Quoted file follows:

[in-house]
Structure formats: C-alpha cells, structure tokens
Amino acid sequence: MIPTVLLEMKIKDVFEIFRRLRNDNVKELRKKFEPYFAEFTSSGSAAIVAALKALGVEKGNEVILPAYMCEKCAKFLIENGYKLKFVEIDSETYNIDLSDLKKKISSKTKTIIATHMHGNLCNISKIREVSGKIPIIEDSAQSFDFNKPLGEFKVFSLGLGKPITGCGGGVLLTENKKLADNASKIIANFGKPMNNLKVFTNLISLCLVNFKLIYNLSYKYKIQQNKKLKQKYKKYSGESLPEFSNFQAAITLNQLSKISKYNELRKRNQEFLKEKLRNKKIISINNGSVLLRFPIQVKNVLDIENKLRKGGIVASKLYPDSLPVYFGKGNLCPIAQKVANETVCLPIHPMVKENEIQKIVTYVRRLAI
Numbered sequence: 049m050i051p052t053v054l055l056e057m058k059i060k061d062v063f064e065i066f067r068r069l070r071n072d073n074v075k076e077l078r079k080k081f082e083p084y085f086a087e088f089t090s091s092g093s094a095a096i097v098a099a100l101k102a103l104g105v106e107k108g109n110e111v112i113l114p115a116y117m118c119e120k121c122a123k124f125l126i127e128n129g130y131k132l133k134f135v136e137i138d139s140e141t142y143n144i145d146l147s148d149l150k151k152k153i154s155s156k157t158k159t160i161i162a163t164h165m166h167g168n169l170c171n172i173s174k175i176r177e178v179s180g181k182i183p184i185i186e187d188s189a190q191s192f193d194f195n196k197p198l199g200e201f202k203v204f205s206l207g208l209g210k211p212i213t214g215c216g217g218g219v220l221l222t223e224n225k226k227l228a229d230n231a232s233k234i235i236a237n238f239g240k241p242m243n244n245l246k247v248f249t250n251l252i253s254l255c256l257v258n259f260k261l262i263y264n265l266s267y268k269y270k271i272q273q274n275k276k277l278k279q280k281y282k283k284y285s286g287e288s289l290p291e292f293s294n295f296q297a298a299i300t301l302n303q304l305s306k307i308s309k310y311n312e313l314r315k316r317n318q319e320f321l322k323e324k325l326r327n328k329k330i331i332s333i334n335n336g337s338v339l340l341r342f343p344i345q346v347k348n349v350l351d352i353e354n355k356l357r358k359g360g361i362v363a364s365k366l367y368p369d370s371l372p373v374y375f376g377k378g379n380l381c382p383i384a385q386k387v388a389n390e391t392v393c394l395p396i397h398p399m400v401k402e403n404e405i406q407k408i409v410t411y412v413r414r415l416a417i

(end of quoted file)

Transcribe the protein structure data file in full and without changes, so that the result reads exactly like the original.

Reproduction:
[in-house]
Structure formats: C-alpha cells, structure tokens
Amino acid sequence: MIPTVLLEMKIKDVFEIFRRLRNDNVKELRKKFEPYFAEFTSSGSAAIVAALKALGVEKGNEVILPAYMCEKCAKFLIENGYKLKFVEIDSETYNIDLSDLKKKISSKTKTIIATHMHGNLCNISKIREVSGKIPIIEDSAQSFDFNKPLGEFKVFSLGLGKPITGCGGGVLLTENKKLADNASKIIANFGKPMNNLKVFTNLISLCLVNFKLIYNLSYKYKIQQNKKLKQKYKKYSGESLPEFSNFQAAITLNQLSKISKYNELRKRNQEFLKEKLRNKKIISINNGSVLLRFPIQVKNVLDIENKLRKGGIVASKLYPDSLPVYFGKGNLCPIAQKVANETVCLPIHPMVKENEIQKIVTYVRRLAI
Numbered sequence: 049m050i051p052t053v054l055l056e057m058k059i060k061d062v063f064e065i066f067r068r069l070r071n072d073n074v075k076e077l078r079k080k081f082e083p084y085f086a087e088f089t090s091s092g093s094a095a096i097v098a099a100l101k102a103l104g105v106e107k108g109n110e111v112i113l114p115a116y117m118c119e120k121c122a123k124f125l126i127e128n129g130y131k132l133k134f135v136e137i138d139s140e141t142y143n144i145d146l147s148d149l150k151k152k153i154s155s156k157t158k159t160i161i162a163t164h165m166h167g168n169l170c171n172i173s174k175i176r177e178v179s180g181k182i183p184i185i186e187d188s189a190q191s192f193d194f195n196k197p198l199g200e201f202k203v204f205s206l207g208l209g210k211p212i213t214g215c216g217g218g219v220l221l222t223e224n225k226k227l228a229d230n231a232s233k234i235i236a237n238f239g240k241p242m243n244n245l246k247v248f249t250n251l252i253s254l255c256l257v258n259f260k261l262i263y264n265l266s267y268k269y270k271i272q273q274n275k276k277l278k279q280k281y282k283k284y285s286g287e288s289l290p291e292f293s294n295f296q297a298a299i300t301l302n303q304l305s306k307i308s309k310y311n312e313l314r315k316r317n318q319e320f321l322k323e324k325l326r327n328k329k330i331i332s333i334n335n336g337s338v339l340l341r342f343p344i345q346v347k348n349v350l351d352i353e354n355k356l357r358k359g360g361i362v363a364s365k366l367y368p369d370s371l372p373v374y375f376g377k378g379n380l381c382p383i384a385q386k387v388a389n390e391t392v393c394l395p396i397h398p399m400v401k402e403n404e405i406q407k408i409v410t411y412v413r414r415l416a417i